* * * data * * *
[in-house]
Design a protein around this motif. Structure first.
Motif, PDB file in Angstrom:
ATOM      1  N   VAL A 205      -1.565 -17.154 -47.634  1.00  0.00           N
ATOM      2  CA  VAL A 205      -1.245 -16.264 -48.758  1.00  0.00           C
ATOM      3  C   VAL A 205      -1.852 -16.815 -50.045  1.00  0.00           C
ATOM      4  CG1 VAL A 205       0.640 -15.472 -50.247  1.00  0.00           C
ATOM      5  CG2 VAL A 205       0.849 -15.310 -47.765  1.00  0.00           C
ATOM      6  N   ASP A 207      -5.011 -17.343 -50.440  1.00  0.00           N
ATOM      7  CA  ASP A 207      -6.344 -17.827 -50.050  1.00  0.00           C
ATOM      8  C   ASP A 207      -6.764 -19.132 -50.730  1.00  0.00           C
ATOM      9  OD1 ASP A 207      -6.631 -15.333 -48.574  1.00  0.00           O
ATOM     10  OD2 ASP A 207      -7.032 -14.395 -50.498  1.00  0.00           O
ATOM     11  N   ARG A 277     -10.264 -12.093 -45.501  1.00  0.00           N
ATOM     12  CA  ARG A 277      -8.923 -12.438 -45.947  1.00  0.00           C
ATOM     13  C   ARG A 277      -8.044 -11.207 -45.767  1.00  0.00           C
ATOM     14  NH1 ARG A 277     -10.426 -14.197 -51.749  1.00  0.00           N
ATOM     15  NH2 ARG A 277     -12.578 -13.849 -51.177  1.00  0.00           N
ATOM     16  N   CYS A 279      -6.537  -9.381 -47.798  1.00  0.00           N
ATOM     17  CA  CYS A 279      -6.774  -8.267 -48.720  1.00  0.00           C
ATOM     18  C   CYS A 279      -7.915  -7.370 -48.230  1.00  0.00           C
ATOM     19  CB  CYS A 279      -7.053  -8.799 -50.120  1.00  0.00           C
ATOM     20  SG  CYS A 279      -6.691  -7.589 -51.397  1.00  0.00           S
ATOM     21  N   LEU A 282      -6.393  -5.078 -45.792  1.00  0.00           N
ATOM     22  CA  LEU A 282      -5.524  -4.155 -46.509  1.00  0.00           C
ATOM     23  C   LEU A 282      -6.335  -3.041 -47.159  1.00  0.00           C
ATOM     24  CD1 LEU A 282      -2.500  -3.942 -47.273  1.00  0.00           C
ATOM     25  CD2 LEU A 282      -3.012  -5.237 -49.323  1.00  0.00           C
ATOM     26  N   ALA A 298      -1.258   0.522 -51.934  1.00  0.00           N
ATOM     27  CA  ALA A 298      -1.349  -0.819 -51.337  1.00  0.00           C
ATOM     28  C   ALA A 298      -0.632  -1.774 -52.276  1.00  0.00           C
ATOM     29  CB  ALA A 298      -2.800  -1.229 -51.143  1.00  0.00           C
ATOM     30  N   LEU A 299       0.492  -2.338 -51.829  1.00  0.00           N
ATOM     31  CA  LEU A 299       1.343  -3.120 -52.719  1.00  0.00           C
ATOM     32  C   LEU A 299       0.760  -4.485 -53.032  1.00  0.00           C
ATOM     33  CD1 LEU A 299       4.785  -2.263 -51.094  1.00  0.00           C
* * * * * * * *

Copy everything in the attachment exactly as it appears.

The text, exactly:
[in-house]
Design a protein around this motif. Structure first.
Motif, PDB file in Angstrom:
ATOM      1  N   VAL A 205      -1.565 -17.154 -47.634  1.00  0.00           N
ATOM      2  CA  VAL A 205      -1.245 -16.264 -48.758  1.00  0.00           C
ATOM      3  C   VAL A 205      -1.852 -16.815 -50.045  1.00  0.00           C
ATOM      4  CG1 VAL A 205       0.640 -15.472 -50.247  1.00  0.00           C
ATOM      5  CG2 VAL A 205       0.849 -15.310 -47.765  1.00  0.00           C
ATOM      6  N   ASP A 207      -5.011 -17.343 -50.440  1.00  0.00           N
ATOM      7  CA  ASP A 207      -6.344 -17.827 -50.050  1.00  0.00           C
ATOM      8  C   ASP A 207      -6.764 -19.132 -50.730  1.00  0.00           C
ATOM      9  OD1 ASP A 207      -6.631 -15.333 -48.574  1.00  0.00           O
ATOM     10  OD2 ASP A 207      -7.032 -14.395 -50.498  1.00  0.00           O
ATOM     11  N   ARG A 277     -10.264 -12.093 -45.501  1.00  0.00           N
ATOM     12  CA  ARG A 277      -8.923 -12.438 -45.947  1.00  0.00           C
ATOM     13  C   ARG A 277      -8.044 -11.207 -45.767  1.00  0.00           C
ATOM     14  NH1 ARG A 277     -10.426 -14.197 -51.749  1.00  0.00           N
ATOM     15  NH2 ARG A 277     -12.578 -13.849 -51.177  1.00  0.00           N
ATOM     16  N   CYS A 279      -6.537  -9.381 -47.798  1.00  0.00           N
ATOM     17  CA  CYS A 279      -6.774  -8.267 -48.720  1.00  0.00           C
ATOM     18  C   CYS A 279      -7.915  -7.370 -48.230  1.00  0.00           C
ATOM     19  CB  CYS A 279      -7.053  -8.799 -50.120  1.00  0.00           C
ATOM     20  SG  CYS A 279      -6.691  -7.589 -51.397  1.00  0.00           S
ATOM     21  N   LEU A 282      -6.393  -5.078 -45.792  1.00  0.00           N
ATOM     22  CA  LEU A 282      -5.524  -4.155 -46.509  1.00  0.00           C
ATOM     23  C   LEU A 282      -6.335  -3.041 -47.159  1.00  0.00           C
ATOM     24  CD1 LEU A 282      -2.500  -3.942 -47.273  1.00  0.00           C
ATOM     25  CD2 LEU A 282      -3.012  -5.237 -49.323  1.00  0.00           C
ATOM     26  N   ALA A 298      -1.258   0.522 -51.934  1.00  0.00           N
ATOM     27  CA  ALA A 298      -1.349  -0.819 -51.337  1.00  0.00           C
ATOM     28  C   ALA A 298      -0.632  -1.774 -52.276  1.00  0.00           C
ATOM     29  CB  ALA A 298      -2.800  -1.229 -51.143  1.00  0.00           C
ATOM     30  N   LEU A 299       0.492  -2.338 -51.829  1.00  0.00           N
ATOM     31  CA  LEU A 299       1.343  -3.120 -52.719  1.00  0.00           C
ATOM     32  C   LEU A 299       0.760  -4.485 -53.032  1.00  0.00           C
ATOM     33  CD1 LEU A 299       4.785  -2.263 -51.094  1.00  0.00           C